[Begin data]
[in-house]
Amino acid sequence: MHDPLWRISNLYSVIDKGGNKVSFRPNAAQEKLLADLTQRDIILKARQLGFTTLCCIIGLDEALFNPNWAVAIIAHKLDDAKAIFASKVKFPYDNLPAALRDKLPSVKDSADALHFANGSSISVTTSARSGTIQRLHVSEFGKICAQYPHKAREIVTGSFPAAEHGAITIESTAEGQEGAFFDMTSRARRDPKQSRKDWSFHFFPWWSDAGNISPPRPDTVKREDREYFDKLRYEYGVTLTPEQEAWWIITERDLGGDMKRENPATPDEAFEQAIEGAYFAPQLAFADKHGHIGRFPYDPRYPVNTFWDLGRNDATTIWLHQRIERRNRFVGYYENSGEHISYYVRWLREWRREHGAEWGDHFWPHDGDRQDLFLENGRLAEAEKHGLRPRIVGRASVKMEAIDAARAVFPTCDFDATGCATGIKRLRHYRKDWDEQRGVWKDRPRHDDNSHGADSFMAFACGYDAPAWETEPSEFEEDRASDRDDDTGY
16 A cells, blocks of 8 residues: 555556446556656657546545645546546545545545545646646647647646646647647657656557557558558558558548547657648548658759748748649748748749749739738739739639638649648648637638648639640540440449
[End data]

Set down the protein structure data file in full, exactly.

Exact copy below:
[in-house]
Amino acid sequence: MHDPLWRISNLYSVIDKGGNKVSFRPNAAQEKLLADLTQRDIILKARQLGFTTLCCIIGLDEALFNPNWAVAIIAHKLDDAKAIFASKVKFPYDNLPAALRDKLPSVKDSADALHFANGSSISVTTSARSGTIQRLHVSEFGKICAQYPHKAREIVTGSFPAAEHGAITIESTAEGQEGAFFDMTSRARRDPKQSRKDWSFHFFPWWSDAGNISPPRPDTVKREDREYFDKLRYEYGVTLTPEQEAWWIITERDLGGDMKRENPATPDEAFEQAIEGAYFAPQLAFADKHGHIGRFPYDPRYPVNTFWDLGRNDATTIWLHQRIERRNRFVGYYENSGEHISYYVRWLREWRREHGAEWGDHFWPHDGDRQDLFLENGRLAEAEKHGLRPRIVGRASVKMEAIDAARAVFPTCDFDATGCATGIKRLRHYRKDWDEQRGVWKDRPRHDDNSHGADSFMAFACGYDAPAWETEPSEFEEDRASDRDDDTGY
16 A cells, blocks of 8 residues: 555556446556656657546545645546546545545545545646646647647646646647647657656557557558558558558548547657648548658759748748649748748749749739738739739639638649648648637638648639640540440449